Carlsbad Store Refuses to Accommodate Employee With Cerebral Palsy After More Than 20 Years of Service, Federal Agency Charges
DALLAS — The U.S. Equal Employment Opportunity Commission (EEOC) announced today that it has filed suit against Wal-Mart Stores, Inc. for refusing to allow a long-term employee with cerebral palsy to return to work after a medical leave because of restrictions imposed by her doctor that would have been temporary.
The EEOC charged in its suit, Case No. 2:11-CV-00834 in U.S. District Court for the District of New Mexico, that a Carlsbad, N.M., Walmart terminated sales clerk Marcia Arney, who was attempting to return to her job following a medical leave for surgery. The surgery had been necessary due to her disability, cerebral palsy. When Arney, who had worked at the store as a sales clerk for 22 years, showed the store manager a note from her doctor stating that she needed to take periodic breaks, he refused to return her to her job, and instead required that she produce a medical release with no restrictions. The EEOC alleges that the medical restriction could have been accommodated by the giant retailer.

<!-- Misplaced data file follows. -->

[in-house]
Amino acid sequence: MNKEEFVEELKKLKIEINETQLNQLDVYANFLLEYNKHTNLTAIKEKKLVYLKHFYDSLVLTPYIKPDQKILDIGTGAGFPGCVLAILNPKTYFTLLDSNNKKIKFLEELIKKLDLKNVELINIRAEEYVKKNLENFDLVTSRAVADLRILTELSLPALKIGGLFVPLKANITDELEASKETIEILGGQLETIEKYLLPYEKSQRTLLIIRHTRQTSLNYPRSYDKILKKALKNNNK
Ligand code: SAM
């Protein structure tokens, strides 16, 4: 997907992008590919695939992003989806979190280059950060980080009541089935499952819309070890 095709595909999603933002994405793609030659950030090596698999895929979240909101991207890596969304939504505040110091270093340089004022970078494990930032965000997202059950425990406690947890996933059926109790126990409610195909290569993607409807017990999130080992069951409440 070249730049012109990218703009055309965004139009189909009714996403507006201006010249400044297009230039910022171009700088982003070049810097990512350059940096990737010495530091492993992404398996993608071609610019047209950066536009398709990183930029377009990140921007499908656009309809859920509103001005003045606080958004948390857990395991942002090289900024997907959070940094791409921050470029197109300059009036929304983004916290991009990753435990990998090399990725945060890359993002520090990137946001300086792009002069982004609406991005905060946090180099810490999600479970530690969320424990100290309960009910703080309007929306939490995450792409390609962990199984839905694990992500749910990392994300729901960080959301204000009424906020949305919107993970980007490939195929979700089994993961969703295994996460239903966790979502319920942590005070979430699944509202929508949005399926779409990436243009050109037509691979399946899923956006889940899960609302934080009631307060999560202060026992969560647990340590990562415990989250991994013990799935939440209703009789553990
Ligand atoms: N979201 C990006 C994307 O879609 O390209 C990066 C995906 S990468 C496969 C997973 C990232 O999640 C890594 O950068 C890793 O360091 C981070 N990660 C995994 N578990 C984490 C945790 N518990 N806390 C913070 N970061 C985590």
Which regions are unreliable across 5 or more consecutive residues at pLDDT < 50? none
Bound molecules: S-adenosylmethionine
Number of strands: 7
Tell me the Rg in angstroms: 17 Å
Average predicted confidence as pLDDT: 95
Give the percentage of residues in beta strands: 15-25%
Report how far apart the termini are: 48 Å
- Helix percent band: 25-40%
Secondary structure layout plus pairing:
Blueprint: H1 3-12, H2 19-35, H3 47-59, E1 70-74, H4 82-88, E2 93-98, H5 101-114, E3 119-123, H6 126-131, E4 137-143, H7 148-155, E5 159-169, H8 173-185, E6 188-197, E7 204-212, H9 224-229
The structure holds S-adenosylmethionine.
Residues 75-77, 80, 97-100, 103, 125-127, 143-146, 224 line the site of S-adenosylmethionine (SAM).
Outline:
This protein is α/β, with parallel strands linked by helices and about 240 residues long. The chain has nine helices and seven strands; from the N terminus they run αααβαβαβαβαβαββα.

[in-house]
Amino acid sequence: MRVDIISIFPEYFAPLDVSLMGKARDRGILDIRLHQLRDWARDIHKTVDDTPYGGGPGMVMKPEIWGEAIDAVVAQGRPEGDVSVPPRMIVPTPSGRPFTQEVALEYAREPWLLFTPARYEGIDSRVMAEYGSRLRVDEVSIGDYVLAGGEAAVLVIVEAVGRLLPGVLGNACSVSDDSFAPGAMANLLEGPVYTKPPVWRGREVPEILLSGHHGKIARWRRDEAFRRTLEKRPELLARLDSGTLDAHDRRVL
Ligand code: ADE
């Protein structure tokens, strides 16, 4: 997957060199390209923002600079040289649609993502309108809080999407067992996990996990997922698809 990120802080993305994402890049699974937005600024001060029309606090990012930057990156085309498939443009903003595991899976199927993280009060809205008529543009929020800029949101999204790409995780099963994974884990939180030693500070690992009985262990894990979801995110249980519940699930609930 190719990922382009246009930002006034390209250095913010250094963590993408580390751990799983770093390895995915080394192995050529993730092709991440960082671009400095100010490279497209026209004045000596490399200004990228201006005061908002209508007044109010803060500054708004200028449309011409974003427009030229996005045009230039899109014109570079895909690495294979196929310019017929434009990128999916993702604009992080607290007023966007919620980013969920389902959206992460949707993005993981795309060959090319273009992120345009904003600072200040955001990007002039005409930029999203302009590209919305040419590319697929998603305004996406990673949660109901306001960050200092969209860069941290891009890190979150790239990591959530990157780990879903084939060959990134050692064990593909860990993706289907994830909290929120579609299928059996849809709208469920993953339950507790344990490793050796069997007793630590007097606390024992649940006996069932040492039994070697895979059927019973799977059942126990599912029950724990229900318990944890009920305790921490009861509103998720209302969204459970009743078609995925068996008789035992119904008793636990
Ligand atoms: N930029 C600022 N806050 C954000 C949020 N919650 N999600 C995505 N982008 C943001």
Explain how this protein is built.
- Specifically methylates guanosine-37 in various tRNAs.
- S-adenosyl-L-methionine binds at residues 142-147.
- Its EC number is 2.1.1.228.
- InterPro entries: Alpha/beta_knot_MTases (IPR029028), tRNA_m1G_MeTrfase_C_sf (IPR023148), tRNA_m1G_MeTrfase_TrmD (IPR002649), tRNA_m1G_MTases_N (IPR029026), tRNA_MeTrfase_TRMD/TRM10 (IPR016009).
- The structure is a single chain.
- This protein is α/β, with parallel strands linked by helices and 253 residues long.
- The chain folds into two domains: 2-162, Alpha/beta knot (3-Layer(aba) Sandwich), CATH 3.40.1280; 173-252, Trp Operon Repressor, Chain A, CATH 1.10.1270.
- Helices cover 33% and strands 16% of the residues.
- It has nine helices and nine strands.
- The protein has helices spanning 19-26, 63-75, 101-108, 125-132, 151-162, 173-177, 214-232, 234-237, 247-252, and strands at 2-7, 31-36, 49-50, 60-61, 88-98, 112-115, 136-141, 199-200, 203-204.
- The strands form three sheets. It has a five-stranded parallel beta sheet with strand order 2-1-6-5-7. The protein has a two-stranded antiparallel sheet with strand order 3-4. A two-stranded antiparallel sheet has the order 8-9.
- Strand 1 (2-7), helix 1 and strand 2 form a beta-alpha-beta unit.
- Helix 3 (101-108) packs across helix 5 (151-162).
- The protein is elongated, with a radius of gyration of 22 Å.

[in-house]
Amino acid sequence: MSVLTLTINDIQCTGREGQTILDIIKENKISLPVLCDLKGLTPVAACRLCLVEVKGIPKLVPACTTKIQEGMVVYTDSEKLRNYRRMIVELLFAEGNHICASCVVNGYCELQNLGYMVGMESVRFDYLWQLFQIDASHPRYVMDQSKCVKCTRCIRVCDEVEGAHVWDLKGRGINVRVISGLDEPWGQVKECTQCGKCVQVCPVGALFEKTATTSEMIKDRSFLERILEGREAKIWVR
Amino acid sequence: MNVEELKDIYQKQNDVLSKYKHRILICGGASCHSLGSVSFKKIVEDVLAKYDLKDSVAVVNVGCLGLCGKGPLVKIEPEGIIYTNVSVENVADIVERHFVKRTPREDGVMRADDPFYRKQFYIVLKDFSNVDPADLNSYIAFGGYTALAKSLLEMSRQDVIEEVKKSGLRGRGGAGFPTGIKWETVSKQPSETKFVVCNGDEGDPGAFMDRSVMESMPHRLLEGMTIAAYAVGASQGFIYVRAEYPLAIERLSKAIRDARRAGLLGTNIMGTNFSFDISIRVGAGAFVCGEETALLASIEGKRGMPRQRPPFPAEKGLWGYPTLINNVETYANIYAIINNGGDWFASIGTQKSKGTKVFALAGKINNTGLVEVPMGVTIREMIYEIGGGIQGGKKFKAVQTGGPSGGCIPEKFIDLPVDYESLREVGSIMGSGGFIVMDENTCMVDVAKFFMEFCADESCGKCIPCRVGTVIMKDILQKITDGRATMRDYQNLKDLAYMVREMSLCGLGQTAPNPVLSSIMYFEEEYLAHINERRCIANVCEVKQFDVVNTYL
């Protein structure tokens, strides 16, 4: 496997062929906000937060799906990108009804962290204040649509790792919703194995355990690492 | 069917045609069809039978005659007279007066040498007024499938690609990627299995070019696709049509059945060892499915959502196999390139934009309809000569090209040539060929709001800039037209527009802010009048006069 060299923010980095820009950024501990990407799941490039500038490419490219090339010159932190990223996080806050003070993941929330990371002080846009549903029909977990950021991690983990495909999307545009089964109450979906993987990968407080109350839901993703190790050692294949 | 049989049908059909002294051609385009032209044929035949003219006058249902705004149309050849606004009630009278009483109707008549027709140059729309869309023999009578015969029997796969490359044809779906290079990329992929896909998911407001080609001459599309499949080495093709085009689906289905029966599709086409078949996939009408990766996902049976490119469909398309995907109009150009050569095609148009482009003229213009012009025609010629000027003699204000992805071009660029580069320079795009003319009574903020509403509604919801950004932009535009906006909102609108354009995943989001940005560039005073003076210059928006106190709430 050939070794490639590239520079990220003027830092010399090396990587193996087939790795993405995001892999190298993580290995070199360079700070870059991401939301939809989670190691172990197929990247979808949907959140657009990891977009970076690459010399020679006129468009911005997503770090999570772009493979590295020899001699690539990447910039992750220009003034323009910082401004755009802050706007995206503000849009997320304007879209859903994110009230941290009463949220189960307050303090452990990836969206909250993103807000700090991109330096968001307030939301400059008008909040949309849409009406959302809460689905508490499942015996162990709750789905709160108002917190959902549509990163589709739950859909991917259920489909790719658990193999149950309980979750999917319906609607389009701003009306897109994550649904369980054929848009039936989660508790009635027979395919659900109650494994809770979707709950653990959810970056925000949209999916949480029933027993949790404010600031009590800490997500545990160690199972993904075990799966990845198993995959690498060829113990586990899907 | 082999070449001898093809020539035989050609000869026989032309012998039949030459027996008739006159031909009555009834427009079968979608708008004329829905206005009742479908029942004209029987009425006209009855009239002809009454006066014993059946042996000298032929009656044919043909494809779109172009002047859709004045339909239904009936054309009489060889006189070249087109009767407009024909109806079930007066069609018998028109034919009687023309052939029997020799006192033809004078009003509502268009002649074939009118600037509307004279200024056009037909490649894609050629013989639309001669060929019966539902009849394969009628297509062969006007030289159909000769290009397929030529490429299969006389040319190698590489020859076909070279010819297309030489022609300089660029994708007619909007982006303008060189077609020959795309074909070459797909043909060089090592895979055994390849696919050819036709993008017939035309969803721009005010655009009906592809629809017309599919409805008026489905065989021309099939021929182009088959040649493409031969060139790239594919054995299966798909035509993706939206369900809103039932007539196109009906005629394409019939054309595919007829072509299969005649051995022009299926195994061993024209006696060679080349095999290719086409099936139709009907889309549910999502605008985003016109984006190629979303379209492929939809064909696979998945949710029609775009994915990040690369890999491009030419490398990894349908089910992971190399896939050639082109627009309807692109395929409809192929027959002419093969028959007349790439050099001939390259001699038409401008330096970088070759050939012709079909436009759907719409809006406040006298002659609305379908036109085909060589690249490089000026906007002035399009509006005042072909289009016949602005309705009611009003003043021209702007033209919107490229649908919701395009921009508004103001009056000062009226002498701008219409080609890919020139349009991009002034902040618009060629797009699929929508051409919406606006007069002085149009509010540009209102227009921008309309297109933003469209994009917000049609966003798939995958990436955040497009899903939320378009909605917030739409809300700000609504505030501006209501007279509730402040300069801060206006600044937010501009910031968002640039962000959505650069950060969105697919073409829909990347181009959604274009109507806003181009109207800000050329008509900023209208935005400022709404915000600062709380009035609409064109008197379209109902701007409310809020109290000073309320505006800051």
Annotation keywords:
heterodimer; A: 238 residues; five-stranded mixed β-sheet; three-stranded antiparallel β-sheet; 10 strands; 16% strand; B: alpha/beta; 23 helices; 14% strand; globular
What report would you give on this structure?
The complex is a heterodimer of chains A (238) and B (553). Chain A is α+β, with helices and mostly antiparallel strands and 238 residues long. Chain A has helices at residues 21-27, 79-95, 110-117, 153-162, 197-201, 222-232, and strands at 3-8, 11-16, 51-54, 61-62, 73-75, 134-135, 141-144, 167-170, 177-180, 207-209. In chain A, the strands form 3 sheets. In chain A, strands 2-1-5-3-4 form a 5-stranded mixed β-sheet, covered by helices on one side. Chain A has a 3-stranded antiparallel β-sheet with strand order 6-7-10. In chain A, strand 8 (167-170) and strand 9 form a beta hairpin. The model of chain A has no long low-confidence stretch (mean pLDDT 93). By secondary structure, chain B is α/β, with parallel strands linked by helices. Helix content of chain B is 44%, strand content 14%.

“This skilled employee had decades of experience with customers who recognized and greeted her. She had a loyal customer base that also benefited the store. Not allowing her to return to her job or even discuss her temporary restrictions meant the loss of a loyal employee, and violated the federal law against disability discrimination,” said EEOC Supervisory Trial Attorney Toby Wosk Costas.
Such alleged conduct violates the Americans with Disabilities Act of 1990 (ADA), which prohibits disability discrimination in the workplace. The EEOC filed suit after first attempting to reach a pre-litigation settlement through its conciliation process.
The EEOC seeks injunctive relief, including the formulation of policies to prevent and correct disability discrimination. The suit also seeks damages for Ms. Arney and punitive damages against Wal-Mart.
“Employers need to make sure that they understand and comply with the simplified coverage definitions of the ADA Amendments Act, which has been in effect now for over two years, said Robert A. Canino, regional attorney for the Dallas District Office of the EEOC. “Prior skewed interpretations of the law have been corrected by Congress to ensure that persons like Ms. Arney, who suffer from debilitating conditions, are given opportunities to continue their employment through reasonable accommodations.”
The EEOC enforces federal laws prohibiting employment discrimination. Further information about the EEOC is available on its website at www.eeoc.gov.